Charles Fort’s Poltergeist Girls (1932)

“We are certain that there is some connection between poltergeists and puberty and that the mysteries of sex enter largely into their doings. And all the available evidence points to the fact that poltergeists prefer girl adolescents to boys - the ratio is about 95% to 5% respectively.”
          —Harry Price, “Can we Explain the Poltergeist?” (1945)

 

may one day be put to good              

 

in time of war             

a squad                     of                  poltergeist girls

 

could pick       a fleet

                                out of the      sea

                                                                 or

                                                                            sky

 

girls at the front!

 

“&

they are discussing      their usual        not very profound

           ↪        subjects

 

          | like casual misogyny |

 

alarm!             the enemy is                

 

          | the law of the father |

 

order:                     to the poltergeist girls

 

concentrate!

 

&

under

their chairs

they stick

 

  - their wads

   of chewing gum

 

            - | his genito-oral fixation |

 

                     a regiment bursts

                     /

                     into flames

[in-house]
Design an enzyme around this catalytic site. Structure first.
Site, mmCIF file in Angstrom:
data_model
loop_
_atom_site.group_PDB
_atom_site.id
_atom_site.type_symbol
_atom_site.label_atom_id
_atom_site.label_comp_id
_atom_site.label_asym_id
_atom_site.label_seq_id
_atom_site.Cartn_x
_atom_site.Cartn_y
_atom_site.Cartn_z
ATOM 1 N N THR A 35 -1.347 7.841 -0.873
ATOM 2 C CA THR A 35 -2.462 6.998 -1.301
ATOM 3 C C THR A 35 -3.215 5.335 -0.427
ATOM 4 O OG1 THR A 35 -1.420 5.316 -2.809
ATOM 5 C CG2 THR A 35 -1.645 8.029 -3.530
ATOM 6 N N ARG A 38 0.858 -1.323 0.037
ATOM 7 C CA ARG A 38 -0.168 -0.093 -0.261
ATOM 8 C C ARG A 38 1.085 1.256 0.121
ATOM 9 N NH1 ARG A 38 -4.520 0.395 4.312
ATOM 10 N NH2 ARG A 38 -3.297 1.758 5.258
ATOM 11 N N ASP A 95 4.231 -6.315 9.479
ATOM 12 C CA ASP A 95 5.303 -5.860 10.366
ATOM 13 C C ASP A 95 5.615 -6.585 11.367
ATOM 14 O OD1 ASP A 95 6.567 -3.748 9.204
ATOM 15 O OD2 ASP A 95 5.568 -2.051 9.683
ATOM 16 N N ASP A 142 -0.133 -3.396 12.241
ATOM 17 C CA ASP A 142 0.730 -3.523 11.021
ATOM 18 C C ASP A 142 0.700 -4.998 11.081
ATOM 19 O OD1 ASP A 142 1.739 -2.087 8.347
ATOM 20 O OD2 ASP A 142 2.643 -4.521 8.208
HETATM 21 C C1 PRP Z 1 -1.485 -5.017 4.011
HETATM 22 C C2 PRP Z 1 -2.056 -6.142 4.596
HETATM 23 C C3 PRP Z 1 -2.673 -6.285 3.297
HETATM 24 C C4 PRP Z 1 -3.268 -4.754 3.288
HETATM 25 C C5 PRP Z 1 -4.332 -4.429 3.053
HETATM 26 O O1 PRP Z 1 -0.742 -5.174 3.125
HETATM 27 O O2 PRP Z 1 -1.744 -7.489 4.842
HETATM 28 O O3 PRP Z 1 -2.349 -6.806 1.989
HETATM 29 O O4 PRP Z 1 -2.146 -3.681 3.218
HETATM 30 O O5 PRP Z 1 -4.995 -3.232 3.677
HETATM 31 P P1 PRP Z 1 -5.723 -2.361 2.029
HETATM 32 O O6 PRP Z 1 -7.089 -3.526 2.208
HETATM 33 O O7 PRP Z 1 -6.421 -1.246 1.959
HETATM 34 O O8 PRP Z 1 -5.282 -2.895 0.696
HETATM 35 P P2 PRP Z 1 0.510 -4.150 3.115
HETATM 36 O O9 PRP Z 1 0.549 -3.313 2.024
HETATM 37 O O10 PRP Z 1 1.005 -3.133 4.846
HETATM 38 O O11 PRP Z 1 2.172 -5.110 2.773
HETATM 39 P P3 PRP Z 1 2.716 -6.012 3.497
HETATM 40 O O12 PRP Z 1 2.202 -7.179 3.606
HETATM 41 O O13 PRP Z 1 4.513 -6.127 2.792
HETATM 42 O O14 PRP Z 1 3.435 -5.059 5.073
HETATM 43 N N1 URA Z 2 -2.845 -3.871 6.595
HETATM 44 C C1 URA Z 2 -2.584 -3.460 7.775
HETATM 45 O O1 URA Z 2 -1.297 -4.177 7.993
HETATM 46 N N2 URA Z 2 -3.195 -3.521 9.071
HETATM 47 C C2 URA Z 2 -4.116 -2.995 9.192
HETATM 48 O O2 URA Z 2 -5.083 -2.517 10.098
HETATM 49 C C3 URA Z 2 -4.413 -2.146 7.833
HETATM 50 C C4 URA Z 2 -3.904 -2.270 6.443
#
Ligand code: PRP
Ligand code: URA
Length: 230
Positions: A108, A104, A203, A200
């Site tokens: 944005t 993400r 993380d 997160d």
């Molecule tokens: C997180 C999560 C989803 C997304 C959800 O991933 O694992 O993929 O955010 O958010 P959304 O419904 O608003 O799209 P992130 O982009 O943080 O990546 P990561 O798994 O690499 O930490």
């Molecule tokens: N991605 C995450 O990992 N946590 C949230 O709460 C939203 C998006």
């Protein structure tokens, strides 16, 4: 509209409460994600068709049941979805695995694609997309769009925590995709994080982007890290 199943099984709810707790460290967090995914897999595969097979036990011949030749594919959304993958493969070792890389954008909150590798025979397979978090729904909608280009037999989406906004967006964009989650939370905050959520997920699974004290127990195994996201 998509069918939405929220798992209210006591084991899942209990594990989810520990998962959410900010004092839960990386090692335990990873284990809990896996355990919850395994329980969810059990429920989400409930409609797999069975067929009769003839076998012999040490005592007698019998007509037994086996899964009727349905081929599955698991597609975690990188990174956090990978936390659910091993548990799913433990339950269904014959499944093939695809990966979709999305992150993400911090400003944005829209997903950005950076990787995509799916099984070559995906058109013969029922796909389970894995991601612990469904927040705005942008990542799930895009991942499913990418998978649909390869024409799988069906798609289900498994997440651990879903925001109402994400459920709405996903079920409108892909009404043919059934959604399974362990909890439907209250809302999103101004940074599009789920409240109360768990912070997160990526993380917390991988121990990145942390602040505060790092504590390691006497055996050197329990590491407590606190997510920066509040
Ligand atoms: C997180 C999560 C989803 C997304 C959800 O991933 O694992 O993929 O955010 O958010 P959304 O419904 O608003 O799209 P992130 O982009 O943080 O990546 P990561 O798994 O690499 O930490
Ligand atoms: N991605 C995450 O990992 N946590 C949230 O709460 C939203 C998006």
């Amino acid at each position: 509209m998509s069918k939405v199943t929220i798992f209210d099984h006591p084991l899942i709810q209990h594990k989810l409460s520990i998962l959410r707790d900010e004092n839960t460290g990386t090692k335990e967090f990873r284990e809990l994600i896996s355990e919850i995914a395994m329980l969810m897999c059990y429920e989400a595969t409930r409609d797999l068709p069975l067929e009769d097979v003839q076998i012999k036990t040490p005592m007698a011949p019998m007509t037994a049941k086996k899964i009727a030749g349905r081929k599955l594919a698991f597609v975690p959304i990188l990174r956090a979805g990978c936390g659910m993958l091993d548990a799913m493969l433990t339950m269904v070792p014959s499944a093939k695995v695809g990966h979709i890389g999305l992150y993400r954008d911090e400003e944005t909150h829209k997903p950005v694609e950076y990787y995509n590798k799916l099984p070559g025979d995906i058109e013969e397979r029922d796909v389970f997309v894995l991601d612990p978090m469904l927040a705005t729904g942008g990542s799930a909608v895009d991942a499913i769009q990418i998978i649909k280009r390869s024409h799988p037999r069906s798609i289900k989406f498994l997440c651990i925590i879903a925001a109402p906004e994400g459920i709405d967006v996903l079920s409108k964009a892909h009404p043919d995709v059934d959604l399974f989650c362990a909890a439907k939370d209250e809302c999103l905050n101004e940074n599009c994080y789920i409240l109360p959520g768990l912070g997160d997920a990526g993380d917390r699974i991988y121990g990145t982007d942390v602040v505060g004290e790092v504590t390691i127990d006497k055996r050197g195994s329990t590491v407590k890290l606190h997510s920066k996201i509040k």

reinforcements are smashed

         under cliffs

                     that are teleported

 

                     from the Rocky Mountains

 

                     the snatch

                     of Niagara Falls

 

| “She’s all states, and all princes I” |

 

            pours upon

            the battlefield

 

| vide. ‘The Mechanics of Fluids’ |

 

&

the poltergeist girls

reach

 

for their”

                                  polysemic

                                                         wads

 

& take             new aim                       ↘

 

 

{Fort, 1932}


Works cited

Fort, Charles. (1932). Wild Talents. New York: Claude Kendall.

Price, Harry. (1945). Poltergeist over England. London: Country Life.

 

 

Clay Thistleton has previously appeared at Unlikely Stories as a character in John Bryan's epic Love has been Liquidated. Clay has taught creative writing and literary studies in universities, community colleges and not-for-profit organisations for almost two decades. His book of found poetry on real cases of ghosts and poltergeists that have the ability to speak or write, Gef the Talking Mongoose and Other ... Poems, will be published in 2017. Along with his son Dylan, Clay lives in New South Wales, Australia with a fluctuating number of feral cats.

 

Edited for Unlikely by Jonathan Penton, Editor-in-Chief
Last revised on Tuesday, October 18, 2016 - 23:45